“Captain,” Ujio said, “Reading a large gravitational mass dead ahead. Cobalt collisional excitations and stimulated emissions. It's a forming star
,” he said in wonder.
“On screen.” In silent awe, the crew watched the brilliant stellar formation amid the kaleidoscopic ignition of particulate matter, shimmering in a dazzling spectral display.
“Captain” Vexa broke in, “Reading increase in maser activity and gravitational effects of molecular clumps and vortices being drawn to the forming star. Carbon molecules, nitrogen, helium, neon, argon. Reading unknown induced emissions of several exotic particle types. Some exhibit excessive mass indications with minor charge-to-mass ratios. Strangelets.” She regarded the scene on the main viewer. “It is a prestellar quark core, Captain. The first one ever seen in existence.”
“Particle density of accretion molecules increasing to seven point five nine grams per cubic centimeter. Stellar currents exceeding mach five. She's getting rough, sir,” Shir said. He turned to Tom. “Plenty of EM interference, could provide suitable cover while we wait for Voyager to emerge.”
“Agreed. Drop anchor and batten down the hatches, Mister Shir.”
“Full stop, Ensign.” Andoria. Ice planet
, Tom told himself.
“What do you think Voyager's doing here, sir?” asked Lieutenant Munich.
“Hard to say, Nikhila. Maybe she's waiting for someone. Or something. Or she could be -”
Suddenly a massive energy beam ripped through the cloud and struck the Perseus shields, tossing the ship over like so much flotsam.
“What the hell was that!” Grif shouted over the red alert klaxon, while power fluctuated through the ship.
Tom pulled himself off the floor. “One of Vexa's spectral line emissions.”
Vexa returned to her station and sorted through the various alarms. The ship's power came back online. “Sir, an electromagnetic wave stimulated the exotic strangelet particle radiation. Since astrophysical masers lack mode purity or coherence, the result was - “
“Spectacularly not good!” Grif concluded from the floor.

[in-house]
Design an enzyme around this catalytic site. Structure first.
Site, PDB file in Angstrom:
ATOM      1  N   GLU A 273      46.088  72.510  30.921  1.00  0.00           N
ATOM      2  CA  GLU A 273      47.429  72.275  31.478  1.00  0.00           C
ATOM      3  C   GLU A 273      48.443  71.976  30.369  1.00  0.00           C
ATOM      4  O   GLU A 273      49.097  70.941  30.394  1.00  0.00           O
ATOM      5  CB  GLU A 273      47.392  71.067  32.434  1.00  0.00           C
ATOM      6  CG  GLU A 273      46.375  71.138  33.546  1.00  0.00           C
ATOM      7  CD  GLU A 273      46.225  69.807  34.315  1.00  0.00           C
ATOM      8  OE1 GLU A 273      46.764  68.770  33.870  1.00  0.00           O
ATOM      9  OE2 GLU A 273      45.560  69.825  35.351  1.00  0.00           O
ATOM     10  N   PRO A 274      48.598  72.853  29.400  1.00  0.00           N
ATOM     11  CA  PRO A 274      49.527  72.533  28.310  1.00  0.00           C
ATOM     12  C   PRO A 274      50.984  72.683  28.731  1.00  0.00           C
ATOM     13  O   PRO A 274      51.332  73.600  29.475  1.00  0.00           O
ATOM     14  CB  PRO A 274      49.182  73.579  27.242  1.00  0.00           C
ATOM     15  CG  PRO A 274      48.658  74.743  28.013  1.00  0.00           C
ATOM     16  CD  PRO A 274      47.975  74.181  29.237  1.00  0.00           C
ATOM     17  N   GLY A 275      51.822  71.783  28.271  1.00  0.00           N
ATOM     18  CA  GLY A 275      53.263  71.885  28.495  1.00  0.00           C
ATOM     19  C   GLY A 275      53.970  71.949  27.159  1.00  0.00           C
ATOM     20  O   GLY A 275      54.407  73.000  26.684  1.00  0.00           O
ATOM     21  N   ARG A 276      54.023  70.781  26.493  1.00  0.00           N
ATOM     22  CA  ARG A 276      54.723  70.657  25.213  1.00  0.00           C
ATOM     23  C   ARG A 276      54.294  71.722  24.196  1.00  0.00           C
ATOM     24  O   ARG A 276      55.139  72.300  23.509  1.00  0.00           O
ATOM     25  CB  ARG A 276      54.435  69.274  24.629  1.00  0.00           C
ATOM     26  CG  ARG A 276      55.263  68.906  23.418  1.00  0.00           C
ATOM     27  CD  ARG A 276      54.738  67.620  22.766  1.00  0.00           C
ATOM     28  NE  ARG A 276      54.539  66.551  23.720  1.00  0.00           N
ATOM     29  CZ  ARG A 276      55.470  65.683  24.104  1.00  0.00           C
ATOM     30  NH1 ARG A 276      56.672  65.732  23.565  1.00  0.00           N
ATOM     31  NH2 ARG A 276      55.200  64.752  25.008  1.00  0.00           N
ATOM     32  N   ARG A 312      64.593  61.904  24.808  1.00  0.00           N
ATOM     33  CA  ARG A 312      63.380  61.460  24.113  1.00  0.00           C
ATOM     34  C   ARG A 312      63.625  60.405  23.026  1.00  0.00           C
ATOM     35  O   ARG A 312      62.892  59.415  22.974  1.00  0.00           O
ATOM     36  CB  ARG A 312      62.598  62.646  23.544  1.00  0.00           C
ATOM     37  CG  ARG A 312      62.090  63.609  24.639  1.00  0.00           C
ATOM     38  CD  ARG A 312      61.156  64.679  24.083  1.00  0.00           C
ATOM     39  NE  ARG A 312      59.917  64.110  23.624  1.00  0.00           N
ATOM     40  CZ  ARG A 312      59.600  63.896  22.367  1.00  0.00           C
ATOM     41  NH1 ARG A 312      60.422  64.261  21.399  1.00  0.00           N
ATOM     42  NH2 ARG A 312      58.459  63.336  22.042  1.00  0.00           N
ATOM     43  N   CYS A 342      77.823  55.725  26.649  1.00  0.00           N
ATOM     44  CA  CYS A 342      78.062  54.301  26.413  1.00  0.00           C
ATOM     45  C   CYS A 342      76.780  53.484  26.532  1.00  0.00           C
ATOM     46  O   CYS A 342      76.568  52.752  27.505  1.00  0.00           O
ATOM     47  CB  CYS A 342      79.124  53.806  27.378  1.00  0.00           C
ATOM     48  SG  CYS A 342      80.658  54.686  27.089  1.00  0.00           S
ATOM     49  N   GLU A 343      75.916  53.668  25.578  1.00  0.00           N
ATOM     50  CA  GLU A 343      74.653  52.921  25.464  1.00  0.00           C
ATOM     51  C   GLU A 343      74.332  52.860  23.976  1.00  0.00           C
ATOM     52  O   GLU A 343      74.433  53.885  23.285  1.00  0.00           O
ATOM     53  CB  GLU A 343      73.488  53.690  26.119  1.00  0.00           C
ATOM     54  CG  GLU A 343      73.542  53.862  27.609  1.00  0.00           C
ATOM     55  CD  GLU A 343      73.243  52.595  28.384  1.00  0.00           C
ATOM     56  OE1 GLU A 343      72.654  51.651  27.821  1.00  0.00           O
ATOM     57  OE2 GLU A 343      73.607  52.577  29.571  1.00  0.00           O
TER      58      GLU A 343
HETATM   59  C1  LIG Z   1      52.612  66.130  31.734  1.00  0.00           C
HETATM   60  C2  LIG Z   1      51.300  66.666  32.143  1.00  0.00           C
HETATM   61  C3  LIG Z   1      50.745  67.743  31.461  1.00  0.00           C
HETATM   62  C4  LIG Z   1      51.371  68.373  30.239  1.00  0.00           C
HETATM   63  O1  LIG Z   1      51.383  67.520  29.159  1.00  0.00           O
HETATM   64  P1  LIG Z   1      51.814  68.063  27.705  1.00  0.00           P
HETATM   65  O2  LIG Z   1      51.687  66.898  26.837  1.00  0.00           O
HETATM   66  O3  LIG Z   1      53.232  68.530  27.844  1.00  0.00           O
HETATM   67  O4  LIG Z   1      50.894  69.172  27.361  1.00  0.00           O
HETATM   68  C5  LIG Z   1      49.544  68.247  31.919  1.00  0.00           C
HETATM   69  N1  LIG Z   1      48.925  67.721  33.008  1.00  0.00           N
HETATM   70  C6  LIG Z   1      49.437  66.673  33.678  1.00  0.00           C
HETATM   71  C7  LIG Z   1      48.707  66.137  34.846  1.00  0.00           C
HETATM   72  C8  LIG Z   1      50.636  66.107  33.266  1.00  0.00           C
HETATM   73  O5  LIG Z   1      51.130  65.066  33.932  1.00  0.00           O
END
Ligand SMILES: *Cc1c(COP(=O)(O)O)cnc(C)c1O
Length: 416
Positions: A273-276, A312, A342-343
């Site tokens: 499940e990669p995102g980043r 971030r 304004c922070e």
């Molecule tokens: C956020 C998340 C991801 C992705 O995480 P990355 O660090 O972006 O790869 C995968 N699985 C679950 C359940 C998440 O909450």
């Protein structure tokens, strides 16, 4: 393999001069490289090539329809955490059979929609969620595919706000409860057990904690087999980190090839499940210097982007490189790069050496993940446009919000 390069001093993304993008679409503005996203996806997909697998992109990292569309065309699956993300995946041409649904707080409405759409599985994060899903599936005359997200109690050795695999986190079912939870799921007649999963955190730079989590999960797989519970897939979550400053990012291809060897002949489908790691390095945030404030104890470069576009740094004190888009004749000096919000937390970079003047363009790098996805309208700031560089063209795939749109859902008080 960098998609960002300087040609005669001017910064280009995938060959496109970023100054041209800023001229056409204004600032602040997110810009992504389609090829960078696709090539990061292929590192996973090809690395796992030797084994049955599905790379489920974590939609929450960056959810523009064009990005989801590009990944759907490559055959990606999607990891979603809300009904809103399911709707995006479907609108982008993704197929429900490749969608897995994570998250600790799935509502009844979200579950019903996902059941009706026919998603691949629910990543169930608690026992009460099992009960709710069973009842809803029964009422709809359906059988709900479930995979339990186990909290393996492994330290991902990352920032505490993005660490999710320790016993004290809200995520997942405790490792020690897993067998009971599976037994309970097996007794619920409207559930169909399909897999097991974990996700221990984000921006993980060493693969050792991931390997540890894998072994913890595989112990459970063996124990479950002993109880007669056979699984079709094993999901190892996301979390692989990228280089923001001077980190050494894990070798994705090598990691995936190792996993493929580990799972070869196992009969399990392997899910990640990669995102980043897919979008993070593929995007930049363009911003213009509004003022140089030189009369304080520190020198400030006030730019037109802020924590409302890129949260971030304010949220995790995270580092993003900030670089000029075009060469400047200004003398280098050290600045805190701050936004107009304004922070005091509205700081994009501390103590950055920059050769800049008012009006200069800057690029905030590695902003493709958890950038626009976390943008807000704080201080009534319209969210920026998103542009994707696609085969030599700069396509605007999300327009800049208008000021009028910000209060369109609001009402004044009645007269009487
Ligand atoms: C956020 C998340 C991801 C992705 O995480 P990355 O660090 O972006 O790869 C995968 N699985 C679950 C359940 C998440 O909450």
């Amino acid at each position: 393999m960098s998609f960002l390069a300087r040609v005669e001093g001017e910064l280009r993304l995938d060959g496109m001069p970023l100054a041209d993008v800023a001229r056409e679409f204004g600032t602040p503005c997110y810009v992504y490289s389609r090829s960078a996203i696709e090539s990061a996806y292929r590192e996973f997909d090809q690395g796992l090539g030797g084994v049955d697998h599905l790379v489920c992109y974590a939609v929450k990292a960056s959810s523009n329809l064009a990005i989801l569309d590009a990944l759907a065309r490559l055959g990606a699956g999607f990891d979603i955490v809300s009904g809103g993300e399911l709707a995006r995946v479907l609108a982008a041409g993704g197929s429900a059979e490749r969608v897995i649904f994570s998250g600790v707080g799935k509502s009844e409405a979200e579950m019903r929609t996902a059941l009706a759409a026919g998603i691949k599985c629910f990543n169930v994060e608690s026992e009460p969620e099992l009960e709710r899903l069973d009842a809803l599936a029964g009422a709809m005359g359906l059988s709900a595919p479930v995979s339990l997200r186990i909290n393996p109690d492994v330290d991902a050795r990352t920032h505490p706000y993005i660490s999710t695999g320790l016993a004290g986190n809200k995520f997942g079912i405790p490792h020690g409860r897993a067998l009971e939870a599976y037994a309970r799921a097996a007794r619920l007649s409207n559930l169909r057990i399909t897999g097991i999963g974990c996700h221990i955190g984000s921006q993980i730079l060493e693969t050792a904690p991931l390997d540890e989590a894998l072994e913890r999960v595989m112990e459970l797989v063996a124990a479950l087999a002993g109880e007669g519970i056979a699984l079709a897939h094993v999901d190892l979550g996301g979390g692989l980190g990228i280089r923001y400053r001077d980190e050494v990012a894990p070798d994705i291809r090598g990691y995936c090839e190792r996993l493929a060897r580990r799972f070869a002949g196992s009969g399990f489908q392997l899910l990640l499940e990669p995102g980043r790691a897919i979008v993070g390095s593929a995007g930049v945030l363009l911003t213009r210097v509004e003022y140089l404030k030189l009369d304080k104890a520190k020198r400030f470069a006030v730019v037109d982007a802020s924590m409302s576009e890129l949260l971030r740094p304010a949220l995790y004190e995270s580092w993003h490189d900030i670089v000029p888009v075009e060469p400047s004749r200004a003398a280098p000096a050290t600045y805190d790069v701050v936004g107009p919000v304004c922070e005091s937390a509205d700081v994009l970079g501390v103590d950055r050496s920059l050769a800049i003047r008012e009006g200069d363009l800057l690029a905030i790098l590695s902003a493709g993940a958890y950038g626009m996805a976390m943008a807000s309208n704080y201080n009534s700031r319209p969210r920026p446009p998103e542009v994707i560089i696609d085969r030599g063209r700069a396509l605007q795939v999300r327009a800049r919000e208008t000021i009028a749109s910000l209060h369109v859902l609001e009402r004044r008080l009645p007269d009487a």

“The stimulated emission of the exotic strangelet particles created these...shall we call them Exotic Strangelet Masers, sir.”
“Kind of a mouthful, Lieutenant. How about something simpler, like...EXS
masers?” he replied.
“Yes sir. The beam eruption followed the path of maximum particle emission from the prestellar core.”
Grif hauled himself up. “In other words, random bursts of shield-penetrating death radiation.”
Vexa turned. “Essentially, he is correct, Captain. The EXS masers are highly-polarized and could overload the shield emitters; if the EM wave transitions should strike the warp core tetryon particles -”
“I get the picture, Vexa,” Tom finished. “Can you rig something to give us some warning if it happens again?”
“I will activate an X-magnetic spectrometric scan that should give us a warning. But sir – there is no guarantee we can outmaneuver the fluctuating radiation in time -”
“Perseus can do it,” said Shir.
While the crew waited and watched in tense silence, Perseus rocked in the high-velocity magnetic turbulence of the prestellar core formation. On the viewscreen, long tendrils of EXS particle beams disgorged from the quark star emissions, circling, lashing and blasting around the fluctuating cloud complexes, shuddering through ship and crew.
An alarm pinged. “Sir, reading a molecular vortex coming our way,” said Ensign Shir. “Heading towards the star. Stellar winds are rising.” More alarms started sounding.
A dark vortex loomed and pushed its way towards them through the charged molecular currents. The clouds roiled from the approaching energy mass.
Voyager emerged from the clouds, firing phasers on Perseus.
The ship shook violently and plunged into chaos. Voyager fired all batteries against Perseus on an overhead pass. The supercharged particle currents erupted in a blinding lattice of EXS masers that enshrouded both ships in violent cosmic energy.